Since Russia's invasion of Ukraine in early 2022, the Ministry of Finance has temporarily reduced excise tax on fuel, which is revised each month. These cuts are designed to curb the effects of the increase in fuel prices, which generates significant inflation, and to keep the government controlled price of 95 octane unleaded gasoline unchanged each month. Following the over 10% jump in the price of oil over the last month and the ongoing erosion of the shekel against the dollar, there is a question mark on how long Minister of Finance Bezalel Smotrich will be able to continue with the current subsidies.
Since April 2022, when previous Minister of Finance Avigdor Liberman, initiated the policy, Israel's Treasury has lost billions of shekels in fuel tax revenues. This month alone, according to Ministry of Finance estimates, the loss of state revenue as a result of the move is expected to be NIS 231 million - an amount significantly higher than the subsidy in previous months. In the past, Ministry of Finance officials opposed the continuation of the excise cuts, without a systematic plan.
The options on Smotrich's table
The tax cuts on fuel do not involve actual government spending, but the Ministry of Finance needs to find a source for them in the state budget due to the damage to revenues. "Globes" has learned that the Ministry of Finance estimates that the sum allocated for the fuel discount in the 2023 budget will not suffice through to the end of 2023, at the current rate where the cost is hundreds of millions of shekels each month.
What will happen when the money for the temporary fuel excise cut runs out? Smotrich will then be faced with three options: to restore excise to its previous level, which could lead to a spike in gas station prices, which would be the most difficult option for any politician; the second option would be to continue the existing policy while cutting other budgets, which would also be unpopular option; and the third and easiest option, but fiscally problematic would be to increase the deficit.
The fiscal deficit over the past 12 months already stands at about NIS 18 billion, which is 1% of GDP. In the state budget approved last May, the government set an ambitious fiscal deficit target of 1.1% for the end of 2023, but already after seven months, the deficit is just 0.1% short of that. In the last few weeks, Smotrich held a meeting of senior officials at the Ministry of Finance where he instructed keeping budgetary restraint as tight as possible. It will be interesting to see how he instructs his officials to act in the next update of the fuel, as the cost of the subsidy looks set to increase.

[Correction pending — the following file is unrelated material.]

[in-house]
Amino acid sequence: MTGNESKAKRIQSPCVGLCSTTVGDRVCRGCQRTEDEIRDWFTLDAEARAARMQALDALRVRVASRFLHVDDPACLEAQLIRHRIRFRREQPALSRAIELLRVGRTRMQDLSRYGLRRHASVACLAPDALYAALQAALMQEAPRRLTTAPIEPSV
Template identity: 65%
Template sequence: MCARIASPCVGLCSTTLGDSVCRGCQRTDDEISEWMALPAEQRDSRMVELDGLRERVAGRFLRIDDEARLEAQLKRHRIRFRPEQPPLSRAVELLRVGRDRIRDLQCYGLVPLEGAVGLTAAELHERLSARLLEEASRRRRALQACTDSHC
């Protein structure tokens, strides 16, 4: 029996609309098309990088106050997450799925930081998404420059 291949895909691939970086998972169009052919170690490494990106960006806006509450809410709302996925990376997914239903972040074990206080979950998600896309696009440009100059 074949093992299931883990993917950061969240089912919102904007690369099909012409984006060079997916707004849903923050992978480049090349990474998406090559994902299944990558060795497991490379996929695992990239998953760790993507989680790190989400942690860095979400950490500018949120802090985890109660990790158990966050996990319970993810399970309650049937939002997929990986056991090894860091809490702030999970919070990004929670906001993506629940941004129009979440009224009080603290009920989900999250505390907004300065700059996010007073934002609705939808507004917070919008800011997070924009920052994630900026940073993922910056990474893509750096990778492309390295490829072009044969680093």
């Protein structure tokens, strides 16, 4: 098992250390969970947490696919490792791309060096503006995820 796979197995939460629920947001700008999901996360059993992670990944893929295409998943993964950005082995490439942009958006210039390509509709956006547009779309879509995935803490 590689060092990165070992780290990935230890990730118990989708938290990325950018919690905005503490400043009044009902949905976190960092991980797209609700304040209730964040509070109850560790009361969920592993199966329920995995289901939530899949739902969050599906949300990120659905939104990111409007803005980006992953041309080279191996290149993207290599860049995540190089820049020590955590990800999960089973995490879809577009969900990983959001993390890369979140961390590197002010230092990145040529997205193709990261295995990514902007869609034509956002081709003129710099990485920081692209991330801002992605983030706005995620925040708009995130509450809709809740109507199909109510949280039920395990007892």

Over the years there has been criticism of the high fuel taxes in Israel. Last year, NIS 18.6 billion flowed into the Ministry of Finance coffers from fuel excise tax, up 2% from 2021, despite loss of revenues from the tax on fuel in during most of 2022. The Ministry of Finance has for several years been considering replacing the excise system, which applies only to gasoline and diesel, with a new journey tax that would also apply to electric vehicles. Either way, the current policy of playing with the amount of tax every month was supposed to be only a temporary plaster, not a permanent solution.
The current price of a liter of 95 octane unleaded gasoline is NIS 6.86. According to Ministry of Finance figures, in August there was a tax cut that lowered the price by NIS 0.89 per liter. In other words, the real price should be NIS 7.75 per liter. Thus, an average car owner would pay about NIS 40 more per tank at the pumps. And when fuel becomes more expensive, then the transport costs also rise, pushing up prices in a range of industries and goods, so this policy also curbs inflation.
Cutting fuel prices was an election pledge by Prime Minister Benjamin Netanyahu. Before the establishment of the current government, the price of a liter of gasoline was NIS 6.85, so in practice the price has not been cut, but remained at the same level. However, since the beginning of 2023, the shekel has weakened significantly against the dollar, so that it costs the current government much more money to keep the price of fuel stable, than for its predecessor.
In addition, there has been a sharp increase in oil prices on world markets. Last week, the price of a barrel of Brent crude crossed the $88 mark, the highest since January. Reasons for this include record global demand of 103 million barrels in June, according to the International Energy Agency (IEA), while at the same time the production rate of the OPEC+ countries remains low. The agency explains the extent of demand doe to higher than expected demand growth in OECD countries, in busier air traffic and a surge in China's consumption. All this while Saudi Arabia has announced that it will continue to cut oil production.
Published by Globes, Israel business news - en.globes.co.il - on August 14, 2023.
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